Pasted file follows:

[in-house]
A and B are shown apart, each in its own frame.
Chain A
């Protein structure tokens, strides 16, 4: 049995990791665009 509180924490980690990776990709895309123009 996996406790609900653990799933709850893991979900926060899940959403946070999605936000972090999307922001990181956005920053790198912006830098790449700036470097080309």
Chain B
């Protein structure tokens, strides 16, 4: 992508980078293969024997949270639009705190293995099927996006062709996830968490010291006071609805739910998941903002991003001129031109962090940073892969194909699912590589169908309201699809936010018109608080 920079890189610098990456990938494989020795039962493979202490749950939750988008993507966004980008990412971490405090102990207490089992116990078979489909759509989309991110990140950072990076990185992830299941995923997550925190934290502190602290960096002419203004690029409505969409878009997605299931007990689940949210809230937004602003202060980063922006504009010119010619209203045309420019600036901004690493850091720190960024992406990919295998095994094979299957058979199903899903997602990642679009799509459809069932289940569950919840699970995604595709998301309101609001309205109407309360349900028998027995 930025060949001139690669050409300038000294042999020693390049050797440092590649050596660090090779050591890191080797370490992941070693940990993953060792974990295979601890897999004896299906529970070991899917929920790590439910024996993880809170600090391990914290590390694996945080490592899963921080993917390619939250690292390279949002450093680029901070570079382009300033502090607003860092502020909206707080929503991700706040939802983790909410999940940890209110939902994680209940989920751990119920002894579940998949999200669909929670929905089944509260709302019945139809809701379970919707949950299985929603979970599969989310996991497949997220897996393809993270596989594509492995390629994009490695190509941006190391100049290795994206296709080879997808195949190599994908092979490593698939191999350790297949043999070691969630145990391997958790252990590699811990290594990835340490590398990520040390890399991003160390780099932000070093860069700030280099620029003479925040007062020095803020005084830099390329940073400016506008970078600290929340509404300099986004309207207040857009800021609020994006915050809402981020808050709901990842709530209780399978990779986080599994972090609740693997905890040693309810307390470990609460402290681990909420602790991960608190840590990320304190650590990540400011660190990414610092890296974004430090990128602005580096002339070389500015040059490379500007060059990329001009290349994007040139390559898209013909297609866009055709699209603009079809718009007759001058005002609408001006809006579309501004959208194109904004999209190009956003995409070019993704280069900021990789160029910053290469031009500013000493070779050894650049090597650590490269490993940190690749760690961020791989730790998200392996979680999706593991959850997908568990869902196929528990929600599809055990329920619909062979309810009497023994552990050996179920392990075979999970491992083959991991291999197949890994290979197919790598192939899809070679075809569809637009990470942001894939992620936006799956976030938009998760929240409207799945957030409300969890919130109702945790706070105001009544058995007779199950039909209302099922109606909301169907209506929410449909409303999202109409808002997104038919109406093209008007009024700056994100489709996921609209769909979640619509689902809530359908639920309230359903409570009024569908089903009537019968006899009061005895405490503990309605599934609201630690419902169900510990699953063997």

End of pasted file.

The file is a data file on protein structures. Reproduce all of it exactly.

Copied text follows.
[in-house]
A and B are shown apart, each in its own frame.
Chain A
């Protein structure tokens, strides 16, 4: 049995990791665009 509180924490980690990776990709895309123009 996996406790609900653990799933709850893991979900926060899940959403946070999605936000972090999307922001990181956005920053790198912006830098790449700036470097080309």
Chain B
């Protein structure tokens, strides 16, 4: 992508980078293969024997949270639009705190293995099927996006062709996830968490010291006071609805739910998941903002991003001129031109962090940073892969194909699912590589169908309201699809936010018109608080 920079890189610098990456990938494989020795039962493979202490749950939750988008993507966004980008990412971490405090102990207490089992116990078979489909759509989309991110990140950072990076990185992830299941995923997550925190934290502190602290960096002419203004690029409505969409878009997605299931007990689940949210809230937004602003202060980063922006504009010119010619209203045309420019600036901004690493850091720190960024992406990919295998095994094979299957058979199903899903997602990642679009799509459809069932289940569950919840699970995604595709998301309101609001309205109407309360349900028998027995 930025060949001139690669050409300038000294042999020693390049050797440092590649050596660090090779050591890191080797370490992941070693940990993953060792974990295979601890897999004896299906529970070991899917929920790590439910024996993880809170600090391990914290590390694996945080490592899963921080993917390619939250690292390279949002450093680029901070570079382009300033502090607003860092502020909206707080929503991700706040939802983790909410999940940890209110939902994680209940989920751990119920002894579940998949999200669909929670929905089944509260709302019945139809809701379970919707949950299985929603979970599969989310996991497949997220897996393809993270596989594509492995390629994009490695190509941006190391100049290795994206296709080879997808195949190599994908092979490593698939191999350790297949043999070691969630145990391997958790252990590699811990290594990835340490590398990520040390890399991003160390780099932000070093860069700030280099620029003479925040007062020095803020005084830099390329940073400016506008970078600290929340509404300099986004309207207040857009800021609020994006915050809402981020808050709901990842709530209780399978990779986080599994972090609740693997905890040693309810307390470990609460402290681990909420602790991960608190840590990320304190650590990540400011660190990414610092890296974004430090990128602005580096002339070389500015040059490379500007060059990329001009290349994007040139390559898209013909297609866009055709699209603009079809718009007759001058005002609408001006809006579309501004959208194109904004999209190009956003995409070019993704280069900021990789160029910053290469031009500013000493070779050894650049090597650590490269490993940190690749760690961020791989730790998200392996979680999706593991959850997908568990869902196929528990929600599809055990329920619909062979309810009497023994552990050996179920392990075979999970491992083959991991291999197949890994290979197919790598192939899809070679075809569809637009990470942001894939992620936006799956976030938009998760929240409207799945957030409300969890919130109702945790706070105001009544058995007779199950039909209302099922109606909301169907209506929410449909409303999202109409808002997104038919109406093209008007009024700056994100489709996921609209769909979640619509689902809530359908639920309230359903409570009024569908089903009537019968006899009061005895405490503990309605599934609201630690419902169900510990699953063997």